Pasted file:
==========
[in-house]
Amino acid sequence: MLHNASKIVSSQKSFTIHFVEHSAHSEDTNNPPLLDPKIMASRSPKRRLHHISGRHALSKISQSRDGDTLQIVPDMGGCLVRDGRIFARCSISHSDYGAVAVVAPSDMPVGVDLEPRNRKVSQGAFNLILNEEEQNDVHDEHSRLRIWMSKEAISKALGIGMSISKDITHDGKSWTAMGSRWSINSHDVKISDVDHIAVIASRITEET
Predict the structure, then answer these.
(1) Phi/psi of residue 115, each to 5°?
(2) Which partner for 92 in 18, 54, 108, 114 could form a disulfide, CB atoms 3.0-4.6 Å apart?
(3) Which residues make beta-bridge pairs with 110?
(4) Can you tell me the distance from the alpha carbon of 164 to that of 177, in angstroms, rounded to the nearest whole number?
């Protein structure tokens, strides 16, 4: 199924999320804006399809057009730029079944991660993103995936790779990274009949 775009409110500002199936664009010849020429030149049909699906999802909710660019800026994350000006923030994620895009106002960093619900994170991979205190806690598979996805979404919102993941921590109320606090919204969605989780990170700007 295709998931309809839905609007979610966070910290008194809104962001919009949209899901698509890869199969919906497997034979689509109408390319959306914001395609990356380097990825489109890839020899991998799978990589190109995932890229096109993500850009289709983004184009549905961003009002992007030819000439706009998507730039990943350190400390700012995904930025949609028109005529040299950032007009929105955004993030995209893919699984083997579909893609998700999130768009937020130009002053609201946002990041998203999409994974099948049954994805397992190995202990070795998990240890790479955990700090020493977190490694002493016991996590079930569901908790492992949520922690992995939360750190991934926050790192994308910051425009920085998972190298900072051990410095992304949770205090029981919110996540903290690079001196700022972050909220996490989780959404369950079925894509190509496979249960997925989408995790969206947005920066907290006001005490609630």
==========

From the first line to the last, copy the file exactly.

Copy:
[in-house]
Amino acid sequence: MLHNASKIVSSQKSFTIHFVEHSAHSEDTNNPPLLDPKIMASRSPKRRLHHISGRHALSKISQSRDGDTLQIVPDMGGCLVRDGRIFARCSISHSDYGAVAVVAPSDMPVGVDLEPRNRKVSQGAFNLILNEEEQNDVHDEHSRLRIWMSKEAISKALGIGMSISKDITHDGKSWTAMGSRWSINSHDVKISDVDHIAVIASRITEET
Predict the structure, then answer these.
(1) Phi/psi of residue 115, each to 5°?
(2) Which partner for 92 in 18, 54, 108, 114 could form a disulfide, CB atoms 3.0-4.6 Å apart?
(3) Which residues make beta-bridge pairs with 110?
(4) Can you tell me the distance from the alpha carbon of 164 to that of 177, in angstroms, rounded to the nearest whole number?
């Protein structure tokens, strides 16, 4: 199924999320804006399809057009730029079944991660993103995936790779990274009949 775009409110500002199936664009010849020429030149049909699906999802909710660019800026994350000006923030994620895009106002960093619900994170991979205190806690598979996805979404919102993941921590109320606090919204969605989780990170700007 295709998931309809839905609007979610966070910290008194809104962001919009949209899901698509890869199969919906497997034979689509109408390319959306914001395609990356380097990825489109890839020899991998799978990589190109995932890229096109993500850009289709983004184009549905961003009002992007030819000439706009998507730039990943350190400390700012995904930025949609028109005529040299950032007009929105955004993030995209893919699984083997579909893609998700999130768009937020130009002053609201946002990041998203999409994974099948049954994805397992190995202990070795998990240890790479955990700090020493977190490694002493016991996590079930569901908790492992949520922690992995939360750190991934926050790192994308910051425009920085998972190298900072051990410095992304949770205090029981919110996540903290690079001196700022972050909220996490989780959404369950079925894509190509496979249960997925989408995790969206947005920066907290006001005490609630």